Why Has Audience Positioning Towards Gangster Films and Their Main Characters Changed Throughout the Evolution of Film?
“Why has audience positioning towards Gangster films and their main characters Changed throughout the evolution of film? ” “The crime ? lm is the most enduringly popular of all Hollywood genres, the only kind of ? lm that has never once been out of fashion since the dawn of the sound era seventy years ago. ”-Thomas Leitch The central theme of the gangster film has always revolved around law and order and essentially boils down to the Criminal institutions fighting one another or fighting a corrupt authority.
Movies such as ‘The Godfather’, ‘Goodfellas’ and ‘Public enemies’ follow the same plot of organised crime. That is what the films are about, seeing as though the central characters operate under their own premise of law, the narratives involve their relationship with the authorities and agencies of law enforcement while the plots are usually structured around the process by which they are brought to justice. But throughout the evolution of the gangster genre is a central argument reflecting a fundamental difference in audience stance towards the gangster hero.
This plays on an Active audience theory as the audience take in the information they are given and pick sides. The contrast of audience opinion is displayed in a variety of different ways.
or any similar topic only for you
In the film The Godfather, Sterling Hayden (Captain McCluskey) is the official figure, he is quickly revealed to be very brutal and corrupt, being a key person on the Tattaglia’s payroll. When some enforcers of the Corleone family protect Don Vito Corleone, McCluskey has them taken away. Michael arrives soon after and realizes this.
Soon after, while Michael is guarding the entrance of the hospital with Enzo the baker, McCluskey and his guys drive up and harrass the two, ordering that they be taken in. When the officer refuses, McCluskey hits Michael across the face, badly bruising his face and breaking his jaw. Gangster movies frequently demonstrate that society’s official institutions are as corrupt as the criminals they oppose (politicians in The Untouchables, multi-national corporations in Scarface. this positions the audience on the side of the gangsters in the film and against the authoritative figure. Gangster films dictate audience positioning by setting the Gangsters in the role of the hero in Propp’s Character theory and the official figures as the villains, an example of this being used is. “The dynamic of every crime film focuses on the relationship between three sets of characters: the perpetrator, the victim and the avenger, but typically gangster narratives seek to undermine and blur the boundaries between the typological figures. ”-Thomas Leitch.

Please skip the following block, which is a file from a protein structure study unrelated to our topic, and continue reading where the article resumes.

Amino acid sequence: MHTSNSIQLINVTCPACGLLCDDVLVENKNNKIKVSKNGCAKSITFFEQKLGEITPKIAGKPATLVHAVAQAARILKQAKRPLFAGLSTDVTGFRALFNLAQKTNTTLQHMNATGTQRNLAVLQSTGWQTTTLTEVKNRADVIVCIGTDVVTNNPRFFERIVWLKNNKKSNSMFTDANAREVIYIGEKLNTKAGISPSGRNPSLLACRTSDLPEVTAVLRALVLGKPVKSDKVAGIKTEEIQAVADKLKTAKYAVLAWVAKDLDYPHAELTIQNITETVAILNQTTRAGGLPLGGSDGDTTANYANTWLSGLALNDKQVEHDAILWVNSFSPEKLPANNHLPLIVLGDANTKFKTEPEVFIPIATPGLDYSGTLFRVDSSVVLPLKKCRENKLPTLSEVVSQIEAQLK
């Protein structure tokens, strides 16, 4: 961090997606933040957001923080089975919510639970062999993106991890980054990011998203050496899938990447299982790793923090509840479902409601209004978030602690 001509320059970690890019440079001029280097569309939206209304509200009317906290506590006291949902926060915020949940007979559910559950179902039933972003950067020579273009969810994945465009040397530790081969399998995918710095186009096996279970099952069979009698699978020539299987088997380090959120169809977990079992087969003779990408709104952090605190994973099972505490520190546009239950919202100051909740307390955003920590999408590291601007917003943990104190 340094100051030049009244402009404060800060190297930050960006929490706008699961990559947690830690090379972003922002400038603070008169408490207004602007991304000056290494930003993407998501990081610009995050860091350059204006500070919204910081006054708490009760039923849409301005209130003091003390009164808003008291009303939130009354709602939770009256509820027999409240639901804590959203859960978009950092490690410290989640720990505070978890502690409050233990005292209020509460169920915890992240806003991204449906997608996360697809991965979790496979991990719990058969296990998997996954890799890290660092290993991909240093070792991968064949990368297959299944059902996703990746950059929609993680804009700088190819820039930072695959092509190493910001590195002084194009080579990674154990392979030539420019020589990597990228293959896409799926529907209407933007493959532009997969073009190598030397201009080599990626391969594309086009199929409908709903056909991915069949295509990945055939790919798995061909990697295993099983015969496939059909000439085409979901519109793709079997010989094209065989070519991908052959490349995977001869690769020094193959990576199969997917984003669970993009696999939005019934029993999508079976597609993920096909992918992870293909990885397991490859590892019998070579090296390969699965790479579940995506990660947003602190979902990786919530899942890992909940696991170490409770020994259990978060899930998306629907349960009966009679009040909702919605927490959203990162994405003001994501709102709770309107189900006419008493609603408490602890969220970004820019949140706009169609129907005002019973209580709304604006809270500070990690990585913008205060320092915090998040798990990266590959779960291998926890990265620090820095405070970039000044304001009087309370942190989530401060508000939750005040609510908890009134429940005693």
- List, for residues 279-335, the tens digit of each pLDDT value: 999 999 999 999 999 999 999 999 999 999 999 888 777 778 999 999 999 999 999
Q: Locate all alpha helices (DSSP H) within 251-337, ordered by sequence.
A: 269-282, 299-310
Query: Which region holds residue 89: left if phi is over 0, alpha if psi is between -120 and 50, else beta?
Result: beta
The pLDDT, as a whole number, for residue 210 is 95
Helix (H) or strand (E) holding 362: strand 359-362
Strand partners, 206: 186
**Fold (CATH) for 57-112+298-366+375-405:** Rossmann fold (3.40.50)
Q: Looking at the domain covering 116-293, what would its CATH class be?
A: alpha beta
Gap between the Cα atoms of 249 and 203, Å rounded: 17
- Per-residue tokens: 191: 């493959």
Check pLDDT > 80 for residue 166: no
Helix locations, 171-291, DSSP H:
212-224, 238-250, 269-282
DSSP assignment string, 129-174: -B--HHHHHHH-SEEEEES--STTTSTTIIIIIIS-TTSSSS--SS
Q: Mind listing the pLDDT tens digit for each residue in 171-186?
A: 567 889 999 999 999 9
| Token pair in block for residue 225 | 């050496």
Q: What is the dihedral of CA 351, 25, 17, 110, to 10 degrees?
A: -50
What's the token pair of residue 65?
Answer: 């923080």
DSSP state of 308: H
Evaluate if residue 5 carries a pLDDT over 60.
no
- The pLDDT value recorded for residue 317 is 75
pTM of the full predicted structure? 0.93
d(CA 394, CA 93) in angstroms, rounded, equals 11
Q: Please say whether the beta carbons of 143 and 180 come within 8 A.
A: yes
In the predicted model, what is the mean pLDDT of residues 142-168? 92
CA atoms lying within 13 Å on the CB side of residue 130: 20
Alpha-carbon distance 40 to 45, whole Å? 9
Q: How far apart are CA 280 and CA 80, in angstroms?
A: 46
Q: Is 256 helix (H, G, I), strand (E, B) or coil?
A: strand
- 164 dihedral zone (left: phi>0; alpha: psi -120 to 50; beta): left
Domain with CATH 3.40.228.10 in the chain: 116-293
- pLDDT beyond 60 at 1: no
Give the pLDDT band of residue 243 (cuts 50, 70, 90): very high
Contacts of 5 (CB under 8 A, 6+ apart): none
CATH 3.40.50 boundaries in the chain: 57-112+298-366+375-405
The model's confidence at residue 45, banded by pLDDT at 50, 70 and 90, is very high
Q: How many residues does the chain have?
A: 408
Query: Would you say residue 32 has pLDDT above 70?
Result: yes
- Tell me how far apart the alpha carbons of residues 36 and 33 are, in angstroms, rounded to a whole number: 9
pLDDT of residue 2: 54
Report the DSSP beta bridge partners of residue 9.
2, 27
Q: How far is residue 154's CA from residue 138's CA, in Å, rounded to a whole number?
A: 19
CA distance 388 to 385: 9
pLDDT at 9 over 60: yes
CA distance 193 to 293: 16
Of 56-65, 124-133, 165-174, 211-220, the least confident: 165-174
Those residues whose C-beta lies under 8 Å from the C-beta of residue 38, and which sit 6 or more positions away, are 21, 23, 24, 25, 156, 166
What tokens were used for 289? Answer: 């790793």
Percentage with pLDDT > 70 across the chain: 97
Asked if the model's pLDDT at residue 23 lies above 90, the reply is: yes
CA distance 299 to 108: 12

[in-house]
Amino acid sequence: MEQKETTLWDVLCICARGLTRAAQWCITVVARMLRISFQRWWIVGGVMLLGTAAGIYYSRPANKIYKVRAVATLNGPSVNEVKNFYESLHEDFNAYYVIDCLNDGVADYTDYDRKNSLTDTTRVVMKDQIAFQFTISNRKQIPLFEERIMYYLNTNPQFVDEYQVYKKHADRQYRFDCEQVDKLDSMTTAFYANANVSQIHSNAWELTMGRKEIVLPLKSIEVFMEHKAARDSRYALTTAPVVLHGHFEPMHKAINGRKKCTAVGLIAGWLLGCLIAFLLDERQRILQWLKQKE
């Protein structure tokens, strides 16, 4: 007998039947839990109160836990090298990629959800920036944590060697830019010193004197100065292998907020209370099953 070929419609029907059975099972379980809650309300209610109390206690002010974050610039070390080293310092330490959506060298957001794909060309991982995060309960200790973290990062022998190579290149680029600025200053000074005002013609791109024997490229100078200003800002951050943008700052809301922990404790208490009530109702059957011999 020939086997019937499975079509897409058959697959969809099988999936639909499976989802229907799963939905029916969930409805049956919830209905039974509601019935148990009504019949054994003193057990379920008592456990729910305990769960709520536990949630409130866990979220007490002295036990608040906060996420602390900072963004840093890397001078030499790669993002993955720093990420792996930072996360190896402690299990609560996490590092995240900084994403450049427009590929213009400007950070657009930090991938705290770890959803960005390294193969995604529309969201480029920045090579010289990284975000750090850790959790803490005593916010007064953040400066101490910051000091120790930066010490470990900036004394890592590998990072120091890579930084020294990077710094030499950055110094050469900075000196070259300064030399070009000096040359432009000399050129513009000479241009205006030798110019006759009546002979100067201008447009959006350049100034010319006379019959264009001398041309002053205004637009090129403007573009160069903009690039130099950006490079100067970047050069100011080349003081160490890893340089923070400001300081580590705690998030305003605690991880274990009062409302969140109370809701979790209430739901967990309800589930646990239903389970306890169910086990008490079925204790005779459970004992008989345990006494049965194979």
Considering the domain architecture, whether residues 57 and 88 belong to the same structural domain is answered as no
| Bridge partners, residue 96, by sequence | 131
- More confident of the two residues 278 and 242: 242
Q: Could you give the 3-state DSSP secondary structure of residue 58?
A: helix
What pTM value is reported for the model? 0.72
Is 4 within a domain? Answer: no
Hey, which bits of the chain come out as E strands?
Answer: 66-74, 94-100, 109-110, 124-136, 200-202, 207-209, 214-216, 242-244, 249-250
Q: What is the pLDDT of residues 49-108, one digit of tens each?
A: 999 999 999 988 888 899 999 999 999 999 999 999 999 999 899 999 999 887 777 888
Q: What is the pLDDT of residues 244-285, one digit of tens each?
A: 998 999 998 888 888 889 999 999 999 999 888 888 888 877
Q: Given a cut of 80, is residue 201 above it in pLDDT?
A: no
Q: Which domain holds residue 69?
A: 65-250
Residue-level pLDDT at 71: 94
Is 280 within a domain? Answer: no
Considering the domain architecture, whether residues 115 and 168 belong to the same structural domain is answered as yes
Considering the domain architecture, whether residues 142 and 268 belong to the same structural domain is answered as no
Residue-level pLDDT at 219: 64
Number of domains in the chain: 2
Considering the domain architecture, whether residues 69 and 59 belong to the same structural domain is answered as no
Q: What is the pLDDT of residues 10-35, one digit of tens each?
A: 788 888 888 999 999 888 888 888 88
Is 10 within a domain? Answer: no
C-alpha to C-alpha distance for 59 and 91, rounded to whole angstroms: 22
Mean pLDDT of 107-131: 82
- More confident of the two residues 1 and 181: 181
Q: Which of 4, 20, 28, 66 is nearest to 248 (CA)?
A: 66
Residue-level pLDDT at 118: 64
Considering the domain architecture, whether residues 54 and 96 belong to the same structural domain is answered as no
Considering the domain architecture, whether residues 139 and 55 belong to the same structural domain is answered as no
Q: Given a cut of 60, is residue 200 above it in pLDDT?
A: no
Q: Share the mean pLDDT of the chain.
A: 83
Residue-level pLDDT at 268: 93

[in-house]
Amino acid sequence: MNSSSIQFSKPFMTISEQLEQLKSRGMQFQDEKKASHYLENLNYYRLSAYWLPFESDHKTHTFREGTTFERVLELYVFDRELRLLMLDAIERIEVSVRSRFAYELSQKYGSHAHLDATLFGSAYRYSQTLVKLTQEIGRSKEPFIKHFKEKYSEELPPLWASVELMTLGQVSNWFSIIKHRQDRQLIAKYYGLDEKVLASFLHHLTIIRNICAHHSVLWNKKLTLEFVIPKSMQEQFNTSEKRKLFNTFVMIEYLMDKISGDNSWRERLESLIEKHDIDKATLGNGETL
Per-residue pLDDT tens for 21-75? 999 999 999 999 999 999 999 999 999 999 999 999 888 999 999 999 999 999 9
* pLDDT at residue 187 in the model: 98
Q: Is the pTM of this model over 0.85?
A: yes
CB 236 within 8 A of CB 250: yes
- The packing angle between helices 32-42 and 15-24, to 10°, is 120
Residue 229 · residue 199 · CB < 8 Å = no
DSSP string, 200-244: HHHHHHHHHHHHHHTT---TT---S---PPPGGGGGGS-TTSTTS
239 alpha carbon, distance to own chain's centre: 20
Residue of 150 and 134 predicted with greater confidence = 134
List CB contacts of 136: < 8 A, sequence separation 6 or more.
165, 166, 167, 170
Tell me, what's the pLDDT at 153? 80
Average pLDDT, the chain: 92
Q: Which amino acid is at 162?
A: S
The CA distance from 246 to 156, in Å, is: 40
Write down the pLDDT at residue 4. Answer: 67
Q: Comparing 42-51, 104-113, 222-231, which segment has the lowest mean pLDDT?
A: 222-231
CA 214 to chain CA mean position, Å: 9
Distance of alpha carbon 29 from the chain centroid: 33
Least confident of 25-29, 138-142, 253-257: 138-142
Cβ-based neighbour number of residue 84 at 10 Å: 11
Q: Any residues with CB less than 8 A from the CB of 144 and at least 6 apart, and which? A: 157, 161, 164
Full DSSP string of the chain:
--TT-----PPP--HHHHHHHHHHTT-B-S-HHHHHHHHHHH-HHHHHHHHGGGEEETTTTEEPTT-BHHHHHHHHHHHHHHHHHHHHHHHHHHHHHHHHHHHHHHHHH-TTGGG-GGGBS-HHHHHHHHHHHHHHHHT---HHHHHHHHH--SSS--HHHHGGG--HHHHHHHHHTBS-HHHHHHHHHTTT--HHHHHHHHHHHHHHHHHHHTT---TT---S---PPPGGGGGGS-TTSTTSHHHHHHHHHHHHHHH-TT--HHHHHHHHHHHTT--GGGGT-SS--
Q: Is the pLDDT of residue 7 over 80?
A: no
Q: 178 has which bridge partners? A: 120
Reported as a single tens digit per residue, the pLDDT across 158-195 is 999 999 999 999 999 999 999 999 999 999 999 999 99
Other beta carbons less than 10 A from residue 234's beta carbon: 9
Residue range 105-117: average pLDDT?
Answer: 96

This quote from Thomas Leicht perfectly illustrates how the narratives of Gangster movies dictate audience positioning by “blurring the boundaries” between the institutions of the characters. A dominant and largely widespread basis on which Hollywood’s depiction of the underworld is fabricated is the domineering moral view that crime does not pay this may have resulted from early fears of audience reception through out-dated theories such as the hypodermic needle theory in which producers and political figures feared that an audience seeing a life of crime pay would be tempted to stray into the life of organised crime.
An example of an early gangster film that shows a ‘Crime doesn’t pay’ attitude is Little Caesar 1931. The main charecters, Caesar Enrico “Rico” Bandello and Joe Massara follow different paths with Rico following a life of crime and Joe, against Rico’s persuasion, follows a life without crime. Ultimately Joe lives the better life with Rico ending up dead and alone.
Modern films such as ‘Lawless’2012 follow a the opposite narrative with crime paying out at the end of the film with the three Bondurant brothers-Forrest, Howard and Jack ultimately beating a corrupt authority and saving their money from their bootlegging and settling down to family life although the film still shows that maybe the payoff of crime is not worth it as the consequences for their action s does result in the near death of Forrest Bondurant (Tom Hardy) on two occasions along with injuries sustained by all three brothers and the death of Cricket Pate (Dane DeHanne).
Narratives such as these can now exist as the hypodermic needle theory is now recognised as invalid after “the research movement, led by Paul Lazarsfeld and Herta Herzog, that would disprove the magic bullet or hypodermic needle theory, as Hadley Cantril managed to show that reactions to the broadcast were, in fact, diverse, and were largely determined by situational and attitudinal attributes of the listeners. Showing thataudiences do not just absorb the information they see on screen, such as in the BoBo doll experiment, but rather actively receive the information and choose between a Dominant, negotiated or oppositional reading of the film, this invalidation of the hypodermic needle theory would add greatly to thr rise of the gangster film as films were no longer limited to the “crime does not pay” narrative set by state censors. This assessment provides the moral foundation to the ‘rise and fall’ narrative that is the central theme for numerous gangster movies.